Safeguarding Young People
Safeguarding Young People
This document outlines procedures and policies for safeguarding and protecting young people who take part in Table Tennis. It is not intended to cover all eventualities but attempts to outline the main aspects of this subject. More detailed information and advice is available from;
- Table Tennis Ulster at the House of Sport, Tel: 02890 383811
- Table Tennis Ireland at www.irishtabletennis.com Tel 01 6251135
- Sport Northern Ireland website www.sportni.net
- Irish Sports Council website www.irishsportscouncil.ie
- The NSPCC website www.nspcc.org.uk
- Child Protection in Sport Unit website www.thecpsu.org.uk
- Sports Coach UK website www.sportscoachuk.org
- Code of Ethics and Good Practice in Children’s Sport, Irish Sports Council
- Code of Ethics and Good Conduct, Irish Table Tennis Association
- The Children (NI) Order 1995
- Our Children and Young People – Our Pledge (2006)
- Co-operating to Safeguard Children (2003)
- Safeguarding Vulnerable Groups (NI) Order 2007
- Sexual Offences Order (NI) 2008
- Child Care Act (NI) 1967
- The Criminal Law Act (NI) 1967
- The Protection of Children and Vulnerable Adults (NI) Order 2003
- Access NI – the agency responsible for vetting adults in Northern Ireland
- Our Duty to Care, DHSSPS 2007
- Getting it Right, DHSSPS 2009
- Children’s First Guidance
Everything should be done to minimise the risk of harm to children and young people, and measures adopted that ensure that children are kept safe. Staff and volunteers will be properly vetted when appointed. All staff and volunteers should be made aware of their duty of care when dealing with young people. Staff and volunteers who have regular contact with young people will be required to attend a recognised Safeguarding Children course.
The ethos of Table Tennis Ulster is that the emphasis for the participation of children should be on enjoyment; competition and winning should be a by-product of this and not its main aim. Players of all abilities should be accommodated and encouraged. The approach should be balanced and fair to all, whatever the level of their abilities and ambitions. Coaches and volunteers will be the main leaders in this, and they should endeavour to be reliable, fair, encouraging and open.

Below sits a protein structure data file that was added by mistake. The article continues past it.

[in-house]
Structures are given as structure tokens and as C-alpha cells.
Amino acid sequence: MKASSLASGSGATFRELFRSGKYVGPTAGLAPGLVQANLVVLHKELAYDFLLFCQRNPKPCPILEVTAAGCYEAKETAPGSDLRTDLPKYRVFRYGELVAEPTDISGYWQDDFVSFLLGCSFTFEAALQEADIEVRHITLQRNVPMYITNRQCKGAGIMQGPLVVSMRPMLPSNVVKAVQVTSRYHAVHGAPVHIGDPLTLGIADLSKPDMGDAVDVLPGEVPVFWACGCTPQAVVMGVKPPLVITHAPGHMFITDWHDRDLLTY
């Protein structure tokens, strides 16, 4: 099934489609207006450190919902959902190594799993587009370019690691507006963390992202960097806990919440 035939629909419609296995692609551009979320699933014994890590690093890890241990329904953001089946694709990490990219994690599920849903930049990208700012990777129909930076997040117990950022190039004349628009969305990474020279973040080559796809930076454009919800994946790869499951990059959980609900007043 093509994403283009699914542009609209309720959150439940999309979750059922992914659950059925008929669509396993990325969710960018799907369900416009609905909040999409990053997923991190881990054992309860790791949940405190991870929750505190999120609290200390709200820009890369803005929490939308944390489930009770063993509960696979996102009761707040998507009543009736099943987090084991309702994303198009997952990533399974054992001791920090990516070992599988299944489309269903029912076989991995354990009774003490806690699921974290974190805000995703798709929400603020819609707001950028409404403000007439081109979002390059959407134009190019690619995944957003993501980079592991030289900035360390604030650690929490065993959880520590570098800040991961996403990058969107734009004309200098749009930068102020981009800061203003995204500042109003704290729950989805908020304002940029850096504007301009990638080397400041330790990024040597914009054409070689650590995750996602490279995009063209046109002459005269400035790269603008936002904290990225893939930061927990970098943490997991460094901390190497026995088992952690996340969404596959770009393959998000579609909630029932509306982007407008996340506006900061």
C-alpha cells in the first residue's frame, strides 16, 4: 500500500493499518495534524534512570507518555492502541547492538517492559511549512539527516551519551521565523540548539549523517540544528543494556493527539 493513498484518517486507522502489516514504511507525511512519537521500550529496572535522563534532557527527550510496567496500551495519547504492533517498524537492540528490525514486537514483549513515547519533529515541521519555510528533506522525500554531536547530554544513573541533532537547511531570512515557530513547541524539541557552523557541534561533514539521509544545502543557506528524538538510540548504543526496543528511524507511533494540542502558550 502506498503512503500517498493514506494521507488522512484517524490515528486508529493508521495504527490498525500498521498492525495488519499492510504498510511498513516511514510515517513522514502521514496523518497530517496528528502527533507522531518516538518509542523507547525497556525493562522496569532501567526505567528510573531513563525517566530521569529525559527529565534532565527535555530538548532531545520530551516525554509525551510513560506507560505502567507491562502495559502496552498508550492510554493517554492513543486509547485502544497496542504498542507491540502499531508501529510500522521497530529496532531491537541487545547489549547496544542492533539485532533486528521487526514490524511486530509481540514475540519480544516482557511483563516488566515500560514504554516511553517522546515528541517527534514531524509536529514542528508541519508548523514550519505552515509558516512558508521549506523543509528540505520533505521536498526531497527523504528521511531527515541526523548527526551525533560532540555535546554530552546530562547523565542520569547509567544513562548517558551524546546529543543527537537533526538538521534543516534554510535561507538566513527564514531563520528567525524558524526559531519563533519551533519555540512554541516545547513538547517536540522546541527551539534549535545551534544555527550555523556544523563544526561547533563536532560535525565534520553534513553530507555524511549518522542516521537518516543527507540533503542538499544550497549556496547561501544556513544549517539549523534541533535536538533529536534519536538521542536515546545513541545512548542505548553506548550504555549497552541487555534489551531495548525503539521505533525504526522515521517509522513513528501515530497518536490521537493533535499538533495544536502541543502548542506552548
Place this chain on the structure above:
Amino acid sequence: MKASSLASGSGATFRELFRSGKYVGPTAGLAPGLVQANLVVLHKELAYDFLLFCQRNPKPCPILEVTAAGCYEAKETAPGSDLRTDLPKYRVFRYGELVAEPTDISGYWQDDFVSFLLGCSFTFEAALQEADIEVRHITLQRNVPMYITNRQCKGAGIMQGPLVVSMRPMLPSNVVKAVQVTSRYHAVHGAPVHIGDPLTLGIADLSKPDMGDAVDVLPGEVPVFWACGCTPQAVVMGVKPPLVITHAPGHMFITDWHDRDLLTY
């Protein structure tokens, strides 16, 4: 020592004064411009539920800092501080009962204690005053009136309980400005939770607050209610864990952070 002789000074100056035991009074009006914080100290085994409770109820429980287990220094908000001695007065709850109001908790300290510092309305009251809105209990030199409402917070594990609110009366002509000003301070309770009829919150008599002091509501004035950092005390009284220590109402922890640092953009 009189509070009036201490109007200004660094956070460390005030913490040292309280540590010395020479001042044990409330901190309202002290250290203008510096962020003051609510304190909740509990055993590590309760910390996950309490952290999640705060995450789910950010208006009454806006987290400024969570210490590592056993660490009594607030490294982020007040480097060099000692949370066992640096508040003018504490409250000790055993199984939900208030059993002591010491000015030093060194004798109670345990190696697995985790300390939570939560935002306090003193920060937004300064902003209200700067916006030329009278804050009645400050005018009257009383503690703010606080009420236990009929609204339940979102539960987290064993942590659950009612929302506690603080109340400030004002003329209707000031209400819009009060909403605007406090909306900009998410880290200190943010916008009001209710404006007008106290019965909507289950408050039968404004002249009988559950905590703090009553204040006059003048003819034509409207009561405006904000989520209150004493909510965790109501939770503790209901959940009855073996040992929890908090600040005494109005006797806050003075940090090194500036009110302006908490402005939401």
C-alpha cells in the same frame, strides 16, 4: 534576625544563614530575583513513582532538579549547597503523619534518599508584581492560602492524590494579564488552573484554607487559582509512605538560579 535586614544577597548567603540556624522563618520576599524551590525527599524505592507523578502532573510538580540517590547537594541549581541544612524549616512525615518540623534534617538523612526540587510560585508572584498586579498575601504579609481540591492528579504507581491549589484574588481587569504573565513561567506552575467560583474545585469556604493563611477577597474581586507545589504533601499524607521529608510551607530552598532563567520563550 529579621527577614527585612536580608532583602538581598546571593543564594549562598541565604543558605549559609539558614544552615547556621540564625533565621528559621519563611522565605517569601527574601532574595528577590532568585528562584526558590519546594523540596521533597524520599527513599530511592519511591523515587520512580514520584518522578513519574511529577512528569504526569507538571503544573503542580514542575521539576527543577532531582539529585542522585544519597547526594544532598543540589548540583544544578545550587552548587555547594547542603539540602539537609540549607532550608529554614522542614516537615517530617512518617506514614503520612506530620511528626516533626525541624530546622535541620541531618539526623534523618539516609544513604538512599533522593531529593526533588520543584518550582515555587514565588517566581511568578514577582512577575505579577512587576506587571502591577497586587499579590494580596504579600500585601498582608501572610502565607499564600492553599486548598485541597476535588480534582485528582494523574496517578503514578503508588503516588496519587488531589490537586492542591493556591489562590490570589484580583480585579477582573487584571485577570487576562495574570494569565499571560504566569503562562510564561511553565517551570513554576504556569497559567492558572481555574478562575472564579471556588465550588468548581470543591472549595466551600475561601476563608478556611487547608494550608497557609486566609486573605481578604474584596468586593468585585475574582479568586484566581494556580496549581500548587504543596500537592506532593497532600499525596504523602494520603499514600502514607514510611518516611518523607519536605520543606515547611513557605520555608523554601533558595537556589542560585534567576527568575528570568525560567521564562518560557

Parents and supports should assist when asked, treat all participants with respect, including coaches and opponents, and report any concerns that they may have.
Young players should act fairly at all times, show respect to their coaches, opponents and colleagues, and report any situations with which they feel uncomfortable.
Any person who has a concern should report it to an appropriate responsible adult and this concern should be brought to the attention of the Club Designated Safeguarding Officer/Children’s Officer, the Provincial Child Protection Officer or the National Children’s Officer.
If there are grounds for concern about the safety or welfare of a young person action must be taken. If the Safeguarding Officers/Children’s Officer are unsure about the reportable nature of certain behaviours they can contact the provincial or national Children’s Officer or the duty social worker in the local Health and Social Care Trust (HSCT) or in the local Child and Family Agency.
A report may be made by any member but should be passed onto the Club Designated Safeguarding Officer (DSO)/Children’s Officer, or the provincial Children’s Officer, who may in turn pass on the concern to the local Statutory Authorities. It is not the responsibility of anyone in TTU to decide whether or not child abuse is taking place. That is the job of the local statutory authorities. However, there is a responsibility to protect children by assisting the appropriate agencies so they can make enquiries and take any necessary action to protect the young.